Will Medtech Rise to FDA's Challenge in the War on Opioid Abuse?

FDA is calling on innovators to develop medical devices, digital health technologies, and diagnostic tests capable of addressing the opioid epidemic.

It isn't the first time FDA has turned to medtech for solutions to opioid misuse and abuse, but now the agency is officially challenging the medical device and diagnostics industry to step up in the ongoing war on opioids.

FDA recently launched an innovation challenge to spur the development of devices, digital health technologies, and diagnostic tests that could provide novel solutions in response to the opioid epidemic.

That's not to say the industry hasn't already put forth some effort in this area. Manufacturers of naloxone products – a drug designed to potentially save a person's life in the event of an opioid overdose – have initiated donation programs to make the products more accessible to schools and community organizations. And late last year FDA granted a new indication to Innovative Health Solutions allowing its NSS-2 Bridge nerve stimulator to be used for opioid withdrawal.

Other emerging devices that could curb opioid use and provide alternative pain management solutions include spinal cord and nerve stimulation systems, and even a blood-based test from Pathway Genomics designed to steer patients with a possible genetic predisposition to opioid dependence away from potential abuse.

Recently, a Sarasota, FL-based company met with government officials, including FDA, to tout its smart dispenser. Robrady said its PILL device is designed to address potential misuse or overdose by allowing access to medication only at appropriate times as prescribed by a physician. A digital timer on the dispenser keeps patients informed of the time between doses.

"Medical devices, including digital health devices like medical mobile apps, have the potential to play a unique and important role in tackling the opioid crisis," said FDA Commissioner Scott Gottlieb, MD.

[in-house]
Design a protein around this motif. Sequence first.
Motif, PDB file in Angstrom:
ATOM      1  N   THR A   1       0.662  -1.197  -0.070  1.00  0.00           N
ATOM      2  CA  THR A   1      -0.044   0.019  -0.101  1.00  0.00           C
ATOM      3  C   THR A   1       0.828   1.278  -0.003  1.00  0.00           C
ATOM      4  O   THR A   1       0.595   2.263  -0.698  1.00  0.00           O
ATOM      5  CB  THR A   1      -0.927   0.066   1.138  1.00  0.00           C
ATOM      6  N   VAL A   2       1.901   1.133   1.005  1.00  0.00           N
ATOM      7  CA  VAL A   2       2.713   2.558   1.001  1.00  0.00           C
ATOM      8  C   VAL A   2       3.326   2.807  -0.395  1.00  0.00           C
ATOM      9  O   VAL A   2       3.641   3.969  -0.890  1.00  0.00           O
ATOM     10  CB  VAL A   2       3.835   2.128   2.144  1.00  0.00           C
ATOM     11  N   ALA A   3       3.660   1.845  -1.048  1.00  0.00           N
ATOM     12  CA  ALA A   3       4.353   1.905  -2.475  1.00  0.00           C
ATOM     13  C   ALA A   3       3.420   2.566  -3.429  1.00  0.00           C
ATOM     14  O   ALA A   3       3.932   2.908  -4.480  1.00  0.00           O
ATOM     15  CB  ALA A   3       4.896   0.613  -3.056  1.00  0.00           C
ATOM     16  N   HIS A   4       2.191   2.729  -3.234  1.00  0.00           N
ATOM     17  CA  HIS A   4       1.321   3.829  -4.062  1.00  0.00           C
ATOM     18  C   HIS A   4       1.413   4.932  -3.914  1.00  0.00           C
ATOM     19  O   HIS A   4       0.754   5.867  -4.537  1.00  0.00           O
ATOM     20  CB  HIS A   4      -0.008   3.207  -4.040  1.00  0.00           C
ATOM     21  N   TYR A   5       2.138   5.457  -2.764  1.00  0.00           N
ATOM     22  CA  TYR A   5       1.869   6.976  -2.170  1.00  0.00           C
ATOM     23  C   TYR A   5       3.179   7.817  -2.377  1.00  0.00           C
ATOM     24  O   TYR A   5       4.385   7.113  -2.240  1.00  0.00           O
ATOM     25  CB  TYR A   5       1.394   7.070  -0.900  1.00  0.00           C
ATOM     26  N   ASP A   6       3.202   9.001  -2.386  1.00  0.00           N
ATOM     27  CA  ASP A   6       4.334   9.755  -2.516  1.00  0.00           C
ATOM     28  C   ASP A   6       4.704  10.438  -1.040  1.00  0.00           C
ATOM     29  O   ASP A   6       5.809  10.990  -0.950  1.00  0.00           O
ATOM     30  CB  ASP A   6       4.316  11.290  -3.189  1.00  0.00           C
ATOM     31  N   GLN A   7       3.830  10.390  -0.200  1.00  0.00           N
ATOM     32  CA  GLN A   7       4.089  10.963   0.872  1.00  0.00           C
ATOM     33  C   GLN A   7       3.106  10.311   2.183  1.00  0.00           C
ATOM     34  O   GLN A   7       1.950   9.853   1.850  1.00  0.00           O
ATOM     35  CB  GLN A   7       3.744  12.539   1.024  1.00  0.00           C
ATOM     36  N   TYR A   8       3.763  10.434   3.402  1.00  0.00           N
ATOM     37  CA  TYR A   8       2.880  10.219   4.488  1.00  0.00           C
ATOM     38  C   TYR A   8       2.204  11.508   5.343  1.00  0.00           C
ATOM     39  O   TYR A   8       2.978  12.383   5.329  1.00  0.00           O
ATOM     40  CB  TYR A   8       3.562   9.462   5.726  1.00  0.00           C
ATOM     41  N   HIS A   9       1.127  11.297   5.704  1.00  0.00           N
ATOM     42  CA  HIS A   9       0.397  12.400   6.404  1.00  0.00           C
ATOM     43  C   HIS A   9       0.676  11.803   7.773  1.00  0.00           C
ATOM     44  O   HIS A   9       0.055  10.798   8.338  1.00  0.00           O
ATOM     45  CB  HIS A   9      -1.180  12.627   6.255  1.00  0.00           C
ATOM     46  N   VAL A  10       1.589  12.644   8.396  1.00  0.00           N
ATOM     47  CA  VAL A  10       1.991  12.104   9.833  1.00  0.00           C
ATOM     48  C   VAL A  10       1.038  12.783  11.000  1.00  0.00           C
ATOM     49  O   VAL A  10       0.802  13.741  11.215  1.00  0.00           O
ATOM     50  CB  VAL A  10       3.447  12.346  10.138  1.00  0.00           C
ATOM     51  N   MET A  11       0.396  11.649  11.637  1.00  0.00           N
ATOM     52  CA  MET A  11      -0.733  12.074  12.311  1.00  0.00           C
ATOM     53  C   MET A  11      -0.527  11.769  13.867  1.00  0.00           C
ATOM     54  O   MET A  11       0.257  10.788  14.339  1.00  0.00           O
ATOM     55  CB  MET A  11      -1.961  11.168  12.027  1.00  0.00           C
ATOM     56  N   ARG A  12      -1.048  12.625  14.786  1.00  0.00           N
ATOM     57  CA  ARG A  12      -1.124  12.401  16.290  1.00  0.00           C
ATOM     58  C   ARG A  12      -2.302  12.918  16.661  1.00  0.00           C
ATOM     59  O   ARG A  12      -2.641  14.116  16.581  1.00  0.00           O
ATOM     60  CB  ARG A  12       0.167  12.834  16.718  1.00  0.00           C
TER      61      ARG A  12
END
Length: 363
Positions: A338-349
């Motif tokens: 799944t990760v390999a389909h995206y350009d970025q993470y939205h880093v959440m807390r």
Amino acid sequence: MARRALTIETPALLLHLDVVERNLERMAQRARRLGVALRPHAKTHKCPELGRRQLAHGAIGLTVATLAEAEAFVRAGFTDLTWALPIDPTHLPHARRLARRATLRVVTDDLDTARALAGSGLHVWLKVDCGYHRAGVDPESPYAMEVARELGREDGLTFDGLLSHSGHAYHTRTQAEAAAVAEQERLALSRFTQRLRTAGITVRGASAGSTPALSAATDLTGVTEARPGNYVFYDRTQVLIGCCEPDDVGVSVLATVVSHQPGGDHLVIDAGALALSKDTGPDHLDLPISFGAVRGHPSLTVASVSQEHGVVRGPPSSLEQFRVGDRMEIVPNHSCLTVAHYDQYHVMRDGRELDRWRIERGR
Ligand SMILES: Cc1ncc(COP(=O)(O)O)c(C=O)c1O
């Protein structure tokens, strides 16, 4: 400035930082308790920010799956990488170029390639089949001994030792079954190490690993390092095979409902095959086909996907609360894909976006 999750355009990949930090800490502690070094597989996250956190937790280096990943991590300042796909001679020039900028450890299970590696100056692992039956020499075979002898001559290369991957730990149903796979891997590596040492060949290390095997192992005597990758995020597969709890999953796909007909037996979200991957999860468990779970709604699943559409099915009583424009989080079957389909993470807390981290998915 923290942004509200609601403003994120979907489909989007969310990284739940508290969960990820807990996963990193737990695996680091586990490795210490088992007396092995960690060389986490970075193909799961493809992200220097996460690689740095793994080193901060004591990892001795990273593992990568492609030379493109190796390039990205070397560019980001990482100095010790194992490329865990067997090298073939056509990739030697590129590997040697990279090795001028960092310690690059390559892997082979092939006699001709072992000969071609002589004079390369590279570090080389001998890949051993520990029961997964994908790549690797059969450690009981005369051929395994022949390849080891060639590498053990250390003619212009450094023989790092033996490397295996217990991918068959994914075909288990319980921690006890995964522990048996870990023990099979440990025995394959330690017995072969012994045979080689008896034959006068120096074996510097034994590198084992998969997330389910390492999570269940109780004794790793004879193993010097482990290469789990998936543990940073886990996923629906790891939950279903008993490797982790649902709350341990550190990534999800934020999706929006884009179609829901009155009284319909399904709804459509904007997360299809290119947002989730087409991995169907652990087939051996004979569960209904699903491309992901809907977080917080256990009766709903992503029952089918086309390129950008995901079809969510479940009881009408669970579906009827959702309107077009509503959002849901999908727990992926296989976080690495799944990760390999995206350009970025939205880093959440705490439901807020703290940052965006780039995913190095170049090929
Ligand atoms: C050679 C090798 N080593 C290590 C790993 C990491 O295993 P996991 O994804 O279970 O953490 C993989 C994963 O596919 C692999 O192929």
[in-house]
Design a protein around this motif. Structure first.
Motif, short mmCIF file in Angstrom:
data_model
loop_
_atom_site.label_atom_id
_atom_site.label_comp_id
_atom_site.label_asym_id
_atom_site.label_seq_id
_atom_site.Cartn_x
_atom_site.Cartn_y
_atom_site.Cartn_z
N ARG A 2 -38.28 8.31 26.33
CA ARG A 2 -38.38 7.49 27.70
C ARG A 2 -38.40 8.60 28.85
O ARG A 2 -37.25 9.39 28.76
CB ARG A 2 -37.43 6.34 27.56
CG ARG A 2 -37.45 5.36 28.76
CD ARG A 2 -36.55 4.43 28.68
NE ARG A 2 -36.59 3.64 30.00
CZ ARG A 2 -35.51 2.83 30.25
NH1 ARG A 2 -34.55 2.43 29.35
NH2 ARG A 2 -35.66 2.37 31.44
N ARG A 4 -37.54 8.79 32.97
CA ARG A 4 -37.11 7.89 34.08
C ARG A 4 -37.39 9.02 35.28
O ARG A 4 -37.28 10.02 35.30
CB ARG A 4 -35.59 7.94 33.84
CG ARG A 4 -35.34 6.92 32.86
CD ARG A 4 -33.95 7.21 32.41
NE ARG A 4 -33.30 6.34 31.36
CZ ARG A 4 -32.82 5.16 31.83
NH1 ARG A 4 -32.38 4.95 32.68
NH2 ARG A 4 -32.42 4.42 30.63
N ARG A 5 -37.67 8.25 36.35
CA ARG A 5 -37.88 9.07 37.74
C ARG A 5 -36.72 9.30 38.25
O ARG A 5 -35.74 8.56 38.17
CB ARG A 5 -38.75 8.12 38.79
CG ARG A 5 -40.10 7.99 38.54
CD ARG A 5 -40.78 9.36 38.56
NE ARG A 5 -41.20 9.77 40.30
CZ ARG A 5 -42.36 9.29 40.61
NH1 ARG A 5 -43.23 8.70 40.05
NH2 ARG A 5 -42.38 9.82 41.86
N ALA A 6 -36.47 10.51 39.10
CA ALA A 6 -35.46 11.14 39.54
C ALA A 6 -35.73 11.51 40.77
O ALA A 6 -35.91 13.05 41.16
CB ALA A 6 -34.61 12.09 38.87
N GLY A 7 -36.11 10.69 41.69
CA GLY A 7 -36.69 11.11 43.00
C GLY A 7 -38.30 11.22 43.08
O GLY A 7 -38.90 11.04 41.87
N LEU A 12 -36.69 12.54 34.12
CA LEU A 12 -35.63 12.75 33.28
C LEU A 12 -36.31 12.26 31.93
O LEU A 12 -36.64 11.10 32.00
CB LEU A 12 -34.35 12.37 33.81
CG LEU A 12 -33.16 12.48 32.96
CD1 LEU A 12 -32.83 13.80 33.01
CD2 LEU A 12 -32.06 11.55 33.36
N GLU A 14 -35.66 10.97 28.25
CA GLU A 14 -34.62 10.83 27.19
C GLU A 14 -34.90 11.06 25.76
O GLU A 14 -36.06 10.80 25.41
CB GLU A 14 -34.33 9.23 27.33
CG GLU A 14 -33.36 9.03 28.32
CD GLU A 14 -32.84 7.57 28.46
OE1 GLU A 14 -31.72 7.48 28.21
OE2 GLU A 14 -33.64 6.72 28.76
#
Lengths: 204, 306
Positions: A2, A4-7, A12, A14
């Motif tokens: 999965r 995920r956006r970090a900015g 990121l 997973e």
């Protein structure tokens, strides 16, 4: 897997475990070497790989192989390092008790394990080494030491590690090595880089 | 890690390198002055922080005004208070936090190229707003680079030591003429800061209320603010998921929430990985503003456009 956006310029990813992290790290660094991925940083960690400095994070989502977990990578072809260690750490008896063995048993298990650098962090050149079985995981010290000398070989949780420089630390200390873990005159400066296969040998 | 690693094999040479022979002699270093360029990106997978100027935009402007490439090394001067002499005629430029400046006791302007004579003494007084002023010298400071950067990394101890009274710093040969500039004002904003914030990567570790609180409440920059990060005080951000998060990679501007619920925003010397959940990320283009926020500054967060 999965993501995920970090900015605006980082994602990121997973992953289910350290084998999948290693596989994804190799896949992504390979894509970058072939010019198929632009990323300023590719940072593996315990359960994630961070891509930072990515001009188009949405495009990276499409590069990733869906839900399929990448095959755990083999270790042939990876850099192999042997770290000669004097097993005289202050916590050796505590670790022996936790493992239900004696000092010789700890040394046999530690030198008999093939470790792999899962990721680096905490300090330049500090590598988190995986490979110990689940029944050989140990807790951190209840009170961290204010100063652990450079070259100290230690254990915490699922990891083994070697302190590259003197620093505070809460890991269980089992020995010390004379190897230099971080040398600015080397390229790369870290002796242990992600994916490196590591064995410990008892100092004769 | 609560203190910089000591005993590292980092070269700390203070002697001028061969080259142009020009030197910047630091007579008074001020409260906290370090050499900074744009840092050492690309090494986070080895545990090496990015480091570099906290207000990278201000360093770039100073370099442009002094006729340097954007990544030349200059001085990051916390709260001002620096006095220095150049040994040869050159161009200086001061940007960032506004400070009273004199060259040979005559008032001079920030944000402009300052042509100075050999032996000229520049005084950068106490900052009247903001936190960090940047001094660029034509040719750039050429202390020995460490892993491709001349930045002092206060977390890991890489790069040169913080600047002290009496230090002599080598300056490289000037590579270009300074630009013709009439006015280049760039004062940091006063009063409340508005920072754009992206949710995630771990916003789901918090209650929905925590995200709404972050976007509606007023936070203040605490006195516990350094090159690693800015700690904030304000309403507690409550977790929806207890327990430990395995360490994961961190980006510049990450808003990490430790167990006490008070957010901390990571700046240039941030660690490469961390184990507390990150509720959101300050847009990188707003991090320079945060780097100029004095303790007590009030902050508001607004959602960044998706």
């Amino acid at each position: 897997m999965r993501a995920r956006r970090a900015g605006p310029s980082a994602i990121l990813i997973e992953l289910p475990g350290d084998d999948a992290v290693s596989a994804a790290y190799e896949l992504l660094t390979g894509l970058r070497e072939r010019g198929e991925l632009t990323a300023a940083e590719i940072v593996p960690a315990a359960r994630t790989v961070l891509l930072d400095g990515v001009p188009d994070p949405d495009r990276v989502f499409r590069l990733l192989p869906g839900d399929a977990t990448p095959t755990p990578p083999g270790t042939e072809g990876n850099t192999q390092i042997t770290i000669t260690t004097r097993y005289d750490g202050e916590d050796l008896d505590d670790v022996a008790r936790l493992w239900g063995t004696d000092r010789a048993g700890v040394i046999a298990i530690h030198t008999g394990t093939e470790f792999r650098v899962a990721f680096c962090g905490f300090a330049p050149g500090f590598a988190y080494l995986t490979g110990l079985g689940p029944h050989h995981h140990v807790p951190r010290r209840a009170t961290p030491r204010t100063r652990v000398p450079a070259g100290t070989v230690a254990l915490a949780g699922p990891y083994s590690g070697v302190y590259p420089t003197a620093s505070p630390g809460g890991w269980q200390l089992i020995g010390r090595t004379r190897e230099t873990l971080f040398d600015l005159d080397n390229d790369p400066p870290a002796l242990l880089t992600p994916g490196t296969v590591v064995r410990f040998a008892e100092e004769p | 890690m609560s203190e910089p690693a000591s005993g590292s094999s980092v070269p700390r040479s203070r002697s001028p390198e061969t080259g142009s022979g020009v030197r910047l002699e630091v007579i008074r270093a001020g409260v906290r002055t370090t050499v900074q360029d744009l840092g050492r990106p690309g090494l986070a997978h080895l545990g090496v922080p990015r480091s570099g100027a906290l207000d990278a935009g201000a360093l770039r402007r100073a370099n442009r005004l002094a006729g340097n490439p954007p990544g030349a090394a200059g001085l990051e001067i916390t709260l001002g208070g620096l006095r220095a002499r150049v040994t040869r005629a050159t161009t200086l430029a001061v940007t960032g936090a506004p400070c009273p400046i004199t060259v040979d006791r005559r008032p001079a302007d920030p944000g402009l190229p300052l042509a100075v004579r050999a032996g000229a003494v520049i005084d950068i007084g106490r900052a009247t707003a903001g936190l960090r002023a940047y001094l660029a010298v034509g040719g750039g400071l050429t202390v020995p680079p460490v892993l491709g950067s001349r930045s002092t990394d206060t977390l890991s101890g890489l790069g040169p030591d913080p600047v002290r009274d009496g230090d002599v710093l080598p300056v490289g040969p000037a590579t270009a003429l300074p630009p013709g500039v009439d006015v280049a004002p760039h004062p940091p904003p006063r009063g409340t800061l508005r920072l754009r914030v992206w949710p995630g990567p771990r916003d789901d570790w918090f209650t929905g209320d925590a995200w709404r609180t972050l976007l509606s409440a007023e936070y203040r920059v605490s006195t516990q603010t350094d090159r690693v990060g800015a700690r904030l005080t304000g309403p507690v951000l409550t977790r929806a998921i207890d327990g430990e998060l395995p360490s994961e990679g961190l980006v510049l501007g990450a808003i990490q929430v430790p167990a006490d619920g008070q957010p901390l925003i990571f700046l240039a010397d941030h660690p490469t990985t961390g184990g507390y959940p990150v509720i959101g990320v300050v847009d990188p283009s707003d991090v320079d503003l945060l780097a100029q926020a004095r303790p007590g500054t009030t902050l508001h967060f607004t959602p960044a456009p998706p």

He used the example of medical devices that can effectively address local pain syndromes, which in turn could reduce the use of systemic opioids.

FDA said the new challenge will provide selected companies with the opportunity to work closely with the agency to accelerate the development and review of the products. The goal is to provide additional incentives for developers to invest in products that can address aspects of the addiction crisis, and advance the development of promising technologies, FDA said.

"We're hopeful that in collaborating with public health-minded innovators, we can identify and accelerate the development of new technologies, whether a device, diagnostic test, mobile medical app, or even new clinical decision support software that can contribute in new and effective ways to help reduce the scope of this crisis," Gottlieb said.

The new challenge is open to products in any stage of development, from concept to testing, the agency noted. It is also open to developers of currently marketed devices who are interested in demonstrating that their device has an improved benefit-risk profile as compared to opioids in the management of pain.

FDA is accepting submissions now through Sept. 30, and selected applicants are expected to be announced in November. Submissions will be evaluated based on the product's feasibility, potential public health impact, and novelty of the concept, the agency noted.

Jeff Shuren, MD, director of FDA's Center for Devices and Radiological Health, pointed out that this is not the first time FDA has initiated a challenge of this type. In 2012 the agency launched a challenge that led to multiple new approaches to treat life-threatening, end-stage renal disease, he said. The agency has also been making a noticeable effort to collaborate more with industry.

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